Community//

3 key questions that will help you find your purpose

And no, this is not a magic formula!

After 10 years working as a marketer I started asking myself if this was what I wanted to do for the rest of my life, and the answer was not easy to find.

Society makes us believe that it’s ok to choose what we are going to do for work for the rest of our days - when we are just 17 years old - and we accept that this decision will guide our careers forever.

Who started doing this to us? Who made us  believe we were mature enough to choose a life-long career path when we were not even able to decide the colour of our shoes? And even worse, who convinced us  that this is just how life works and we need to suck it up and follow the trend!?

Fortunately, we can now see some examples of people who were just “crazy enough” to start breaking the rules and found the courage to follow their own purpose in life, showing us that this is possible and, if they did it, we can do it too…. Right?

Oh boy, I wish it was as easy as some people make us believe it is!

When I started my  journey searching for my “what’s next?” in life I read lots of self-help books, blogs and listened to thousands of podcasts. I was really inspired by all those people who found their “nirvana”: doing what they love, helping people and living a fulfilled experience.

But then I started feeling paralysed: How did those people get to this point? Where did they start? Is there a step-by-step guide on how to find your purpose ? How do I start my own journey?

After days over thinking  these questions, I started understanding that there wasn’t a rule book  because each of us are different and as much as we may want them to, no one can point us in the right direction.

I started questioning myself, trying to find the answers that so many life coaches and gurus said was inside me. Here are  3 key questions I continue to ask myself which help me to open my mind and my soul, bringing me closer to my purpose in life:

1. What makes you forget about the world around you?

We all have something we love doing, something that we could spend hours and hours immersed in. Something that put us in the state of “flow”, where we are so focused and concentrated.

It could be anything! For some, it’s learning something new, helping people,  spending time with animals or even creating something. Ask yourself, what is it for you?

2. When you were a child, what was your passion?

When we’re young there’s nothing to stop our imagination and our dreams. Our soul is bigger than our ego and we simply don’t care about making money. Instead, we do what makes us happy. Think about what you loved doing as a child, what was it?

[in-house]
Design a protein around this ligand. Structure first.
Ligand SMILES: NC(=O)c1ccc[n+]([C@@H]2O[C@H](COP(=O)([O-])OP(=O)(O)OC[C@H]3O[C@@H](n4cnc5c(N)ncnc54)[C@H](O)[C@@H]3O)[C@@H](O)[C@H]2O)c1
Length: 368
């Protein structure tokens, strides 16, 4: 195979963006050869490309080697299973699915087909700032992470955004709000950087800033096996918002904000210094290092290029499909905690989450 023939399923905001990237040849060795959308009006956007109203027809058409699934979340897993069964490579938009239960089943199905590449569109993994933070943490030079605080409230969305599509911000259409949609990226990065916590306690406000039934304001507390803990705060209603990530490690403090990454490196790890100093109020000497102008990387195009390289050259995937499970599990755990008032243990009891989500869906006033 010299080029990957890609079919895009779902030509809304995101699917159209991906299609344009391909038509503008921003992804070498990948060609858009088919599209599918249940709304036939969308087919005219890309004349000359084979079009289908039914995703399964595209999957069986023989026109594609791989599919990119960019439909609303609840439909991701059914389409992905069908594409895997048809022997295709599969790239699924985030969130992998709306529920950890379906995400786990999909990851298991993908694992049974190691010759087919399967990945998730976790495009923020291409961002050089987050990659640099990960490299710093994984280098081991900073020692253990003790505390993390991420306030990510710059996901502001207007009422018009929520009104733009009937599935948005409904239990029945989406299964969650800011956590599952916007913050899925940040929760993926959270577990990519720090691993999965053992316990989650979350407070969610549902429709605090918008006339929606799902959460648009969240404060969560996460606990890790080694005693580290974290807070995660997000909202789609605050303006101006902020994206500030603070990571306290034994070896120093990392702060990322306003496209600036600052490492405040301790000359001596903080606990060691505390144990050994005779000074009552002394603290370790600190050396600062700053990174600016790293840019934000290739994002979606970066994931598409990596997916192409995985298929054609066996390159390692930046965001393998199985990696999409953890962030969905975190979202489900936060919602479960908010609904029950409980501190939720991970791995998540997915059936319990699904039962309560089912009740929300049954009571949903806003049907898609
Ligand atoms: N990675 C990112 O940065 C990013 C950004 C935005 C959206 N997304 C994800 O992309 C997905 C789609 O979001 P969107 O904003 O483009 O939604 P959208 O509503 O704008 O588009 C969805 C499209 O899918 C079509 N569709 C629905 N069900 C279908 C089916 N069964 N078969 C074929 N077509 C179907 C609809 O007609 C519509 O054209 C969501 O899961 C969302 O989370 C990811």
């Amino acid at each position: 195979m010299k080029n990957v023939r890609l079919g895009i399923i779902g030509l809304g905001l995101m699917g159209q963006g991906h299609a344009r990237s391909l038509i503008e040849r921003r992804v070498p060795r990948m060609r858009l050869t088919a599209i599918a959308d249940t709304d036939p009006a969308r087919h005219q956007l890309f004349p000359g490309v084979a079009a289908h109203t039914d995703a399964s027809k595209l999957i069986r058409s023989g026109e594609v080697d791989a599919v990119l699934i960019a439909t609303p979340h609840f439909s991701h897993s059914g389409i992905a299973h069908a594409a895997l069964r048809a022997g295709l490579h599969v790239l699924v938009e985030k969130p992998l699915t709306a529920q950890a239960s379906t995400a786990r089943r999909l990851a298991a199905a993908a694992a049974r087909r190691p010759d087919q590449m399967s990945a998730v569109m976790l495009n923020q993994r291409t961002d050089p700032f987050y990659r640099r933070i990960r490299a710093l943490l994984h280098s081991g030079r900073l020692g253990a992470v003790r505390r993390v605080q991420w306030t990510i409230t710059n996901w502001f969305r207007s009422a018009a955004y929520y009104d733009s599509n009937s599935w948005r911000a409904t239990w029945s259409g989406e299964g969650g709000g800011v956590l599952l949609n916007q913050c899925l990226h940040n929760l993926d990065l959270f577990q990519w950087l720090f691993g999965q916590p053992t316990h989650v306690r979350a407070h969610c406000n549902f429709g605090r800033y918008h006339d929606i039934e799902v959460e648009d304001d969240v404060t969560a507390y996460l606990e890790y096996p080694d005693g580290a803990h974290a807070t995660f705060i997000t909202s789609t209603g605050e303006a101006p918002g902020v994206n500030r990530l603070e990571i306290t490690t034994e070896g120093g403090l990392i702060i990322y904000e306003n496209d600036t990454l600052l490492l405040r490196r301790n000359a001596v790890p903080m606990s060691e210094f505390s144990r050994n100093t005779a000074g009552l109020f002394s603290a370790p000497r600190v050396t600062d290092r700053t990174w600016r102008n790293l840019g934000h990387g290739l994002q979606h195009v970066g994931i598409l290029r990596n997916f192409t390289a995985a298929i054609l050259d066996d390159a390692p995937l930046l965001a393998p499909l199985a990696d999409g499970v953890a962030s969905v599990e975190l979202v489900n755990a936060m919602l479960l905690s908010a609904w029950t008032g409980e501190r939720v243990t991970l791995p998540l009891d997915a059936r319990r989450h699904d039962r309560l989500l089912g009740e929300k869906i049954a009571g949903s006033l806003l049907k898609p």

Think about when an adult used to ask you “What would you like to do when you grow up”... What would you say?

Also, think about what those grown up people would say after hearing your reply… Did they tell you that it was impossible to achieve, or that you would not make money out of it? Did those people drag your dreams down, without knowing they were doing it? And what was the impact of those reactions on you?

3. What motivates you?

When you think about your childhood passions, also attempt to understand what  the motivations were for your response.

For example: When I was young I used to say I’d like to be a psychiatrist and even though I wasn’t 100% sure what a psychiatrist did, my motivation was to understand the minds of others and in some way help them to feel better.

Of course it was not that clear to me as a child but I can see it now and it helped me to understand my inner motivations, making it easier for me to find my purpose.

I can’t forget to mention that even after discovering my answers to these questions, it only started making sense  when I understood that that’s ok to have more than one passion in life and that is not the end of the world if I decide to change my “what’s next” again in a couple of years or so.

Asking ourselves these questions is an ongoing exercise. We are multipotential beings in constant evolution and if we can accept that, we can learn to soften our belief systems and admit that we cannot control everything in the world, and that is completely fine!

The Thrive Global Community welcomes voices from many spheres. We publish pieces written by outside contributors with a wide range of opinions, which don’t necessarily reflect our own. Learn more or join us as a community member!
Share your comments below. Please read our commenting guidelines before posting. If you have a concern about a comment, report it here.

You might also like...

Community//

Entrepreneurs Tackling Climate Change: “Working on offsetting our carbon footprint is a feasible start” With David Menning and Amine Rahal

by Amine Rahal
Community//

How I dealt with loss & loneliness, and made an optimist out of myself

by Diksha Dutta
Community//

Living With A Ravenous Thirst For Life: “Exercise before work”

by Dr. Marina Kostina

Sign up for the Thrive Global newsletter

Will be used in accordance with our privacy policy.

Thrive Global
People look for retreats for themselves, in the country, by the coast, or in the hills . . . There is nowhere that a person can find a more peaceful and trouble-free retreat than in his own mind. . . . So constantly give yourself this retreat, and renew yourself.

- MARCUS AURELIUS

We use cookies on our site to give you the best experience possible. By continuing to browse the site, you agree to this use. For more information on how we use cookies, see our Privacy Policy.